17 August 2014

sunday morning target dodgers - more housecleaning

just like last week, today's installment of cards from the 1990 target dodger giveaway feature some partial sheets.   when i first started showing these cards, i wasn't doing it by sheet, and now my ocd has caught up to me.

i've actually featured this max butcher card before (in this extremely lame post)
but i didn't say anything about him.  butcher's big league career began with the dodgers in 1936, going 6-6 with a 3.96 era in 38 games.  he was used as both a starter and reliever, and in 1937 he won 11 games (against 15 losses) including his first career shutout.  he was 5-4 for brooklyn part way through the 1938 season when the dodgers traded him to the phillies.

curt davis
twice in his career, davis was traded as part of a package for a hall of famer.  he was acquired by the cubs from the phillies in 1936 when philadelphia brought chuck klein back, and then two years later, the cubs sent him to saint louis in a deal for dizzy dean.  two years after that, in 1940, the dodgers acquired him, and this time he came along with a hall of famer (joe medwick).  davis pitched for the dodgers for the remainder of the 1940 season through the 1945 season, plus one appearance in 1946.  he was 66-54 with 13 shutouts in that span.  davis was the dodgers' starter in game one of the 1941 world series.  he took the loss after allowing three runs in 5.1 innings, but he held joe dimaggio hitless!

bill lamar
lamar began his career in 1917 with the new york yankees, and played for them until he joined the red sox in 1919.  that season was babe ruth's last in boston, and following ruth's sale to the yankees, the bosox sent lamar to louisville of the american association (aa) for a guy (tim hendryx) that was supposed to replace the bambino.  later that same season (1920), lamar joined the robins and helped them reach the world series.  he was 0 for 3 in the fall classic as the club fell to the indians.  lamar returned to brooklyn in 1921, appearing in only 3 games before he was sent to toledo of the aa.  he resurfaced a few seasons later with connie mack's athetics, and enjoyed some good seasons including a .356 season in 1925.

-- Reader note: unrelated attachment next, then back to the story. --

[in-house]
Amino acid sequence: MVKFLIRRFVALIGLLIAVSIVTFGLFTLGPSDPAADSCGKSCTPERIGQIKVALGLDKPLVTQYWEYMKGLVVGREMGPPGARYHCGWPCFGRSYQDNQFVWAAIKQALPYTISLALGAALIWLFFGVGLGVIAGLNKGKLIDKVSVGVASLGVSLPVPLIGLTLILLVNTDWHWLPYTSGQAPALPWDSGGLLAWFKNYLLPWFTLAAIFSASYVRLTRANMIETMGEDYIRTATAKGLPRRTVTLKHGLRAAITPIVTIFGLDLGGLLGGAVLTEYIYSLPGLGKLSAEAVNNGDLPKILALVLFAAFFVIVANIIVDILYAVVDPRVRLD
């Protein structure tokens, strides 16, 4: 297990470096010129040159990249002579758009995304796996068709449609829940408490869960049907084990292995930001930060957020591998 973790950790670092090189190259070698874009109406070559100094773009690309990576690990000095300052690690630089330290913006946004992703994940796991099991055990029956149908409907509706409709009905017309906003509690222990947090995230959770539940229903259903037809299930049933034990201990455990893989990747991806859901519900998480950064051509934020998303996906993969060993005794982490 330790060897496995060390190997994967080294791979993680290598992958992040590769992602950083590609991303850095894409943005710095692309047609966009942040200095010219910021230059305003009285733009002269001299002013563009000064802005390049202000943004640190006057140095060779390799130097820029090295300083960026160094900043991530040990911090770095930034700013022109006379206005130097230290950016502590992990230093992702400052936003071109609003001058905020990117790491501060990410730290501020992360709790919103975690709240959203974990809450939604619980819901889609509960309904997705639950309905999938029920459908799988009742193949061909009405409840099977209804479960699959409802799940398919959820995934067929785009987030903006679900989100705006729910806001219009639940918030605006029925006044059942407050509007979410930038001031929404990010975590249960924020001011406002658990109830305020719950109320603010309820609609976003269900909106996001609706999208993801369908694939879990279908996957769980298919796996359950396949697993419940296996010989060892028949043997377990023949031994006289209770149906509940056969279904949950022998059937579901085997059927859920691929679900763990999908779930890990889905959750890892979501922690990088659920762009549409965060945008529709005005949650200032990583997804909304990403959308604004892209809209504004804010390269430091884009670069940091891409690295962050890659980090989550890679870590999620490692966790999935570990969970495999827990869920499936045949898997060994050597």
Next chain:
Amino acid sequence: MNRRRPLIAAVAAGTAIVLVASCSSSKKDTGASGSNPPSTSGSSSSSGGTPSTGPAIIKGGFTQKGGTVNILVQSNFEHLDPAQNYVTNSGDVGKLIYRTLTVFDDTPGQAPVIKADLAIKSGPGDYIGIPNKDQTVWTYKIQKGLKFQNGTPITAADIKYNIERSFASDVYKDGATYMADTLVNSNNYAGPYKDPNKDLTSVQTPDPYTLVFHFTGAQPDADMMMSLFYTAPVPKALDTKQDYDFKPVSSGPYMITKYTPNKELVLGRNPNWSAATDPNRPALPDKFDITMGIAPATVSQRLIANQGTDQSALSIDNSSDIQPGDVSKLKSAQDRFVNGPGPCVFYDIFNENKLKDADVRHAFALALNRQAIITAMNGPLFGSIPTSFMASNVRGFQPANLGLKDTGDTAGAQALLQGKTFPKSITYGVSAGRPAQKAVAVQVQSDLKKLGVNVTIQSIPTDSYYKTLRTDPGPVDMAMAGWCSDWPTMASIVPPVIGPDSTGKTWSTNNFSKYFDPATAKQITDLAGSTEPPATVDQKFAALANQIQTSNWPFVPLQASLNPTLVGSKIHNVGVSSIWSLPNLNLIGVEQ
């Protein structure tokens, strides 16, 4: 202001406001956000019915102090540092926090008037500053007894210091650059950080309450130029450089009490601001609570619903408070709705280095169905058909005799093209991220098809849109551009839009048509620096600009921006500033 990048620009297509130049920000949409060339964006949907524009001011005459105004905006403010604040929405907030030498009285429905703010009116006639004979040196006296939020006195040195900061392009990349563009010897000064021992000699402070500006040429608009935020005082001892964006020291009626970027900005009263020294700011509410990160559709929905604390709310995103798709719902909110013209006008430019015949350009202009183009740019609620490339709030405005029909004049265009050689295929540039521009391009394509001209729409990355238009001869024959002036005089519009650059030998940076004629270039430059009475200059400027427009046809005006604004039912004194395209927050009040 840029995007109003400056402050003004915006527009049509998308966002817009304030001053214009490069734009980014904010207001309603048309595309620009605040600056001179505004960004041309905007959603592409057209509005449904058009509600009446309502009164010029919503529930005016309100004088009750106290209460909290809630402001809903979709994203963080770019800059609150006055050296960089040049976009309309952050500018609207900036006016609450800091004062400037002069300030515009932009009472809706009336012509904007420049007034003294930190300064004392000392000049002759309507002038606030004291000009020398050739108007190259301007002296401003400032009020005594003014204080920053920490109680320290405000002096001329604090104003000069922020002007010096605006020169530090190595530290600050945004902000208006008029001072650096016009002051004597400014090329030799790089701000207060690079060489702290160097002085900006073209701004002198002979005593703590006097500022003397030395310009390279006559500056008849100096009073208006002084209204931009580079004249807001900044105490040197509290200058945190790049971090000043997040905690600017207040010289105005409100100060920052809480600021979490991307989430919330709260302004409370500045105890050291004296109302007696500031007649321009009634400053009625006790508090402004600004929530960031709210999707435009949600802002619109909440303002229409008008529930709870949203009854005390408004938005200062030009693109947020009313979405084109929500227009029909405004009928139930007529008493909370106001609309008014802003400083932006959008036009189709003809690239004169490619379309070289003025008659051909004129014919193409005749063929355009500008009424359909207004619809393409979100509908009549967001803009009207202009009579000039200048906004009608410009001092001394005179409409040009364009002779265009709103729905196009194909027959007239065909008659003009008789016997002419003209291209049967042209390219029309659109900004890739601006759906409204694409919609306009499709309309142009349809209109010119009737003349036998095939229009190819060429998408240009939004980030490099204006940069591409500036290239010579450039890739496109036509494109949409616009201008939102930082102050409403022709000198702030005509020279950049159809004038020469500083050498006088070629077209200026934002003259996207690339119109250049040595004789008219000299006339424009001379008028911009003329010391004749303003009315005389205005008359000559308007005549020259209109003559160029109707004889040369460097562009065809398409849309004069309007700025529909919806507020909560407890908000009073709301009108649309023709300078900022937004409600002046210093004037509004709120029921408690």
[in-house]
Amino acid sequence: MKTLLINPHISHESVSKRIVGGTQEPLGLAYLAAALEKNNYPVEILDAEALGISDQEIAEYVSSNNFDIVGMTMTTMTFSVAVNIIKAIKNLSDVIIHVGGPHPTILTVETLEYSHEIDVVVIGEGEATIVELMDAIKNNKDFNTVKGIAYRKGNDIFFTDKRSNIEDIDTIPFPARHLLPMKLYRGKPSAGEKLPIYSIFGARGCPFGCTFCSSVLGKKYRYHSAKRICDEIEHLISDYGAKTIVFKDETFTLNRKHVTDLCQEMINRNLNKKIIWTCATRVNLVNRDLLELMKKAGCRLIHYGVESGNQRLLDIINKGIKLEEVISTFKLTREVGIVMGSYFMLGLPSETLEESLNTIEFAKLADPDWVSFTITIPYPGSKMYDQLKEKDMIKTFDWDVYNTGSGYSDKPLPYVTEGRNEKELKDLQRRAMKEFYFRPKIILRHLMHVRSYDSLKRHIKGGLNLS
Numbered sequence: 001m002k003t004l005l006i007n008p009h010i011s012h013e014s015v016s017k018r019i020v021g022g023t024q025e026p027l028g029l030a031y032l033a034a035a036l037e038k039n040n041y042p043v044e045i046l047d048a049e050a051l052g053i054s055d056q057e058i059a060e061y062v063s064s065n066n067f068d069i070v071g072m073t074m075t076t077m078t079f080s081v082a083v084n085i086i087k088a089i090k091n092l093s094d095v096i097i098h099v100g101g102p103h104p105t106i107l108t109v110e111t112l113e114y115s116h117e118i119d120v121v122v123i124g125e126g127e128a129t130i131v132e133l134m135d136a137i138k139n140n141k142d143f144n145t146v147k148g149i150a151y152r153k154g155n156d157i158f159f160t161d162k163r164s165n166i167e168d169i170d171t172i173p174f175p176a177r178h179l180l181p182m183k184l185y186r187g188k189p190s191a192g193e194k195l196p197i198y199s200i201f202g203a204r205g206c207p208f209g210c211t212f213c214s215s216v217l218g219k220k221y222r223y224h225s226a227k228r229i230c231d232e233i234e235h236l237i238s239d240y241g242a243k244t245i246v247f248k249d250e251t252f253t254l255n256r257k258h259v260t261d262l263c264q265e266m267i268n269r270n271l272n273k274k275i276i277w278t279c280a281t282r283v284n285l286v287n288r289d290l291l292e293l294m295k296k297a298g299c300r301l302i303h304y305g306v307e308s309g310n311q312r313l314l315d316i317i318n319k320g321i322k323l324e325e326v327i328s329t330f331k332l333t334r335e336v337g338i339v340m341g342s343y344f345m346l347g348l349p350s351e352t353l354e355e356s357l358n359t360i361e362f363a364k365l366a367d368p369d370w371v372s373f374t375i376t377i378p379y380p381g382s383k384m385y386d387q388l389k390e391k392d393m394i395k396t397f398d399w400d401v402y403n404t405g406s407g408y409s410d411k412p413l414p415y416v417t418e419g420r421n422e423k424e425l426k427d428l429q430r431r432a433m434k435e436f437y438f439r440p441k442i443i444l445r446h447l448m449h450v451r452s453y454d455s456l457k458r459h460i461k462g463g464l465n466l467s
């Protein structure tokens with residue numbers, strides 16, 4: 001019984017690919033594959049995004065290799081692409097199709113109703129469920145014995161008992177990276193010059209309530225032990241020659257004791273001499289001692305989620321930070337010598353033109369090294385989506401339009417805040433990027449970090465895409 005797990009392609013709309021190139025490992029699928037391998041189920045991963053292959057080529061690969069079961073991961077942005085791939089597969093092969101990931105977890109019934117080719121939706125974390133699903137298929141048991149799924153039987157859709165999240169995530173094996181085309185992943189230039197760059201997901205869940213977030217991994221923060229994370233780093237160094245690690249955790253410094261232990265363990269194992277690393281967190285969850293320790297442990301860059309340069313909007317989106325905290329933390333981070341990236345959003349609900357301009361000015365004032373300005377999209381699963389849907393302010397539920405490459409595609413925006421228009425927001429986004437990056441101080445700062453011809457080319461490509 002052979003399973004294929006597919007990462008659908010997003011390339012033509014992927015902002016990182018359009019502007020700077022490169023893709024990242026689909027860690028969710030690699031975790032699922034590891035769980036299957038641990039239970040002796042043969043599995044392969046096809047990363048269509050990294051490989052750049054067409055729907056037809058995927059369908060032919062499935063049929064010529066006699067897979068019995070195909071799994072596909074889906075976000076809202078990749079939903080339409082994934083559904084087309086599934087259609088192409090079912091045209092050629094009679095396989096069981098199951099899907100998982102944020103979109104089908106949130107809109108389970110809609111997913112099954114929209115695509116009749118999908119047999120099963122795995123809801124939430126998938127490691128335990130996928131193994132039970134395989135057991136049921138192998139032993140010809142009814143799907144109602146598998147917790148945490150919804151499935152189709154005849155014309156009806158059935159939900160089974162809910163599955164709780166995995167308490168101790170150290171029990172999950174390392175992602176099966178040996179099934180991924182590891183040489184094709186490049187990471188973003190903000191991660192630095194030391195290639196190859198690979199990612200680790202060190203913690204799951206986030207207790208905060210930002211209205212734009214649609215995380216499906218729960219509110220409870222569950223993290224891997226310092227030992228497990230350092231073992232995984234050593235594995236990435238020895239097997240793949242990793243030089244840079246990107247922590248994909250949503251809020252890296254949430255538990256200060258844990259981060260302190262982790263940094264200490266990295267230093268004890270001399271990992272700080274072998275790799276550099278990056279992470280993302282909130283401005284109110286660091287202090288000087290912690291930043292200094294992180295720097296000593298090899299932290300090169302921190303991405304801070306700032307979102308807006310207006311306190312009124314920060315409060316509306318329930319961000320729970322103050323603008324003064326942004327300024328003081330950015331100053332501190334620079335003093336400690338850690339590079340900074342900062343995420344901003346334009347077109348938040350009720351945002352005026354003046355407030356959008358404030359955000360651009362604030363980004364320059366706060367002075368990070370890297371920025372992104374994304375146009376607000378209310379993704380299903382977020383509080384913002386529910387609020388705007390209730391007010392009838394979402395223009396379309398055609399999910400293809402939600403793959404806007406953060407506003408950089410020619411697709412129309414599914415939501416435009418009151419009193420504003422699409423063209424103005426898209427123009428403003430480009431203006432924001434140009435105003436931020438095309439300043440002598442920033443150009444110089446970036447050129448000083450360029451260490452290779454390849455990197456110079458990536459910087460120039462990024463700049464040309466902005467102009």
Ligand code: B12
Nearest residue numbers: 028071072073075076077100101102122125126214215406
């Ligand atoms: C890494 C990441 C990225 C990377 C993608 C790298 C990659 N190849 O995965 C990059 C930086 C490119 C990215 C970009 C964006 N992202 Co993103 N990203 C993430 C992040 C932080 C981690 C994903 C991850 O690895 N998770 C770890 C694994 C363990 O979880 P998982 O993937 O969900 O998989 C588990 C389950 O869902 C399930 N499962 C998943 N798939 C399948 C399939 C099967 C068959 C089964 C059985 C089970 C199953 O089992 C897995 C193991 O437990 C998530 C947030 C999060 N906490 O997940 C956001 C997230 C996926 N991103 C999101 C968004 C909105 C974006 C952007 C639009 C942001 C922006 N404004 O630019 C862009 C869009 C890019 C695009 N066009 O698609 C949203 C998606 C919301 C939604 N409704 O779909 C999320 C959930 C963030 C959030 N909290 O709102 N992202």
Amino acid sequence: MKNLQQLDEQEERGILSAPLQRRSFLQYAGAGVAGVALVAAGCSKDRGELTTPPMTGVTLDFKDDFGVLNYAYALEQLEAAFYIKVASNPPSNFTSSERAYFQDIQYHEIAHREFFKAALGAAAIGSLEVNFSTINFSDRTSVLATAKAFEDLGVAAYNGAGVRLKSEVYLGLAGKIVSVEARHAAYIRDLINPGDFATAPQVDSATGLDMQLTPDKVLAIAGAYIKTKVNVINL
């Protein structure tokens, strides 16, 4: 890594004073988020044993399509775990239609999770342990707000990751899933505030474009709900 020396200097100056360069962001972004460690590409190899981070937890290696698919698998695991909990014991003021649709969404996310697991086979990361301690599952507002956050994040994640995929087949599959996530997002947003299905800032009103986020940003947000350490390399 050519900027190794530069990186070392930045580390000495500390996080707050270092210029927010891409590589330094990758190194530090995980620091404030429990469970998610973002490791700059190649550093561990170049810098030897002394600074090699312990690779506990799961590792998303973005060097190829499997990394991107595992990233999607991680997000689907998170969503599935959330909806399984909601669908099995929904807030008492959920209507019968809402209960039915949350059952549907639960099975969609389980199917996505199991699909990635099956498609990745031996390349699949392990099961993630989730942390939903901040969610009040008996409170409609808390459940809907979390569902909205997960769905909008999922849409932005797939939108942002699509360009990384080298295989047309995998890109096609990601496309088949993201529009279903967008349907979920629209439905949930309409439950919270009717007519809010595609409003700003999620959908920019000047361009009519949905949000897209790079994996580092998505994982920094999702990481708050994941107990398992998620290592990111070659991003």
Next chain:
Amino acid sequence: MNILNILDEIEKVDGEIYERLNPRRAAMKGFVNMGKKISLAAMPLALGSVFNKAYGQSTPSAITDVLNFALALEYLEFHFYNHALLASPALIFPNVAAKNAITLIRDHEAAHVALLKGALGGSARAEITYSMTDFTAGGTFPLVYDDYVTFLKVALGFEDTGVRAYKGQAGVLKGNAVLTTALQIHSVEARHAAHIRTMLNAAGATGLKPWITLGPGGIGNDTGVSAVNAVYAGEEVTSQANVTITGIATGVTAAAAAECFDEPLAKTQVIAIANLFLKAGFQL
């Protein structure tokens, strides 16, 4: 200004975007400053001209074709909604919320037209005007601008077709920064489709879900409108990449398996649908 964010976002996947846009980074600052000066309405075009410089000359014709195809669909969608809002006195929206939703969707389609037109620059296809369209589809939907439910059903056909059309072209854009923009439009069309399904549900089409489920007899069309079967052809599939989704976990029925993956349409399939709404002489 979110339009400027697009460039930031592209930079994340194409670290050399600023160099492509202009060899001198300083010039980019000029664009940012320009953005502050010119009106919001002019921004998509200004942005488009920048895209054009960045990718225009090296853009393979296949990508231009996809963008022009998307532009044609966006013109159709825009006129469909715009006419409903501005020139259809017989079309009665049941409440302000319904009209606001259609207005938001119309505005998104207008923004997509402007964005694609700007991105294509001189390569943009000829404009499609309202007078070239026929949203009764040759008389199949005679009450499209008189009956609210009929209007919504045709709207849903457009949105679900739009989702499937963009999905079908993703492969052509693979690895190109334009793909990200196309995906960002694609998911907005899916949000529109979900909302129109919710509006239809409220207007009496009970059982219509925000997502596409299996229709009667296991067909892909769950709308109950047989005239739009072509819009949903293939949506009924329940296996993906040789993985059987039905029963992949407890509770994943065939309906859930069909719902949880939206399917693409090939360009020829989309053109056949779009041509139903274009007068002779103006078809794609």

mike sharperson
sharperson is best known as the dodgers' lone all-star representative in their horrible 1992 season.  he hit an even .300 that year, but was batting .328 at the break.  he was 0 for 1 in the game, striking out against dennis eckersley in the 9th inning.  sharperson had first joined the dodgers during the 1987 season when they sent pitcher juan guzman to the blue jays in exchange for the infielder.  he played everywhere in the infield for the dodgers which i thought was pretty cool.  the dodgers released sharperson just as the 1994 season was starting, and he bounced around a bit.  he did get back to the majors with the braves in 1995, and was in the padres' organization in 1996 when he died in a car accident on his way to report to the big club, if i recall correctly.
the other 11 guys on this particular sheet are:  john rutherford and lonny frey (featured here); charlie babb (featured here); jack dalton (featured here); zack taylor (featured here); don hoak (featured here); clem labine and babe phelps (featured here); franklin stubbs (featured here); red barkley (featured here); and george stallings (featured here)

here's another partial sheet of guys that didn't get their due.

burt shotton
come to think of it, i did used this card in this evolution of the manager post.  oh well, it's worth noting again that shotton was jackie robinson's second major league manager, taking over for clyde sukeforth after two games into the 1947 season.  sukeforth, of course, was filling in for the suspended leo durocher.  shotton led the dodger club to the pennant in 1947 and then gave way to durocher.  shotton returned to the helm later in the 1948 season after durocher quit to manage the giants, and this time he stayed through the 1950 season, winning another pennant in 1949.  if you saw the movie "42", you might recall that shotton didn't wear a uniform as the manager, so the image used for the card may show him in his game attire.

roy gleason
like shotton's, i've shown gleason's card before - in an appropriate veteran's day post.  a promising player, gleason's baseball career was effectively ended with his service in vietnam.  he boasts a career 1.000 batting average, and his story is definitely worth checking out.  i am proud to sponsor his baseball-reference page.

herbie moran
moran played for brooklyn in 1912 and 1913 and had the two best seasons of his seven-year career.  he hit .271 as a dodger and superba, with a cumulative ops of .686. he was a member of the 1914 world champion boston braves, although he hit only .077 in the world series.

here are the other players that share space with shotton, gleason and moran on this sheet:  tacks latimer and ed lennox and george steele (featured here); bob caruthers and george cutshaw and red downey (featured here); nelson greene and doc mcjames (featured here); howard freigau and bill fischer and red evans (featured here); and dan griner (featured here)

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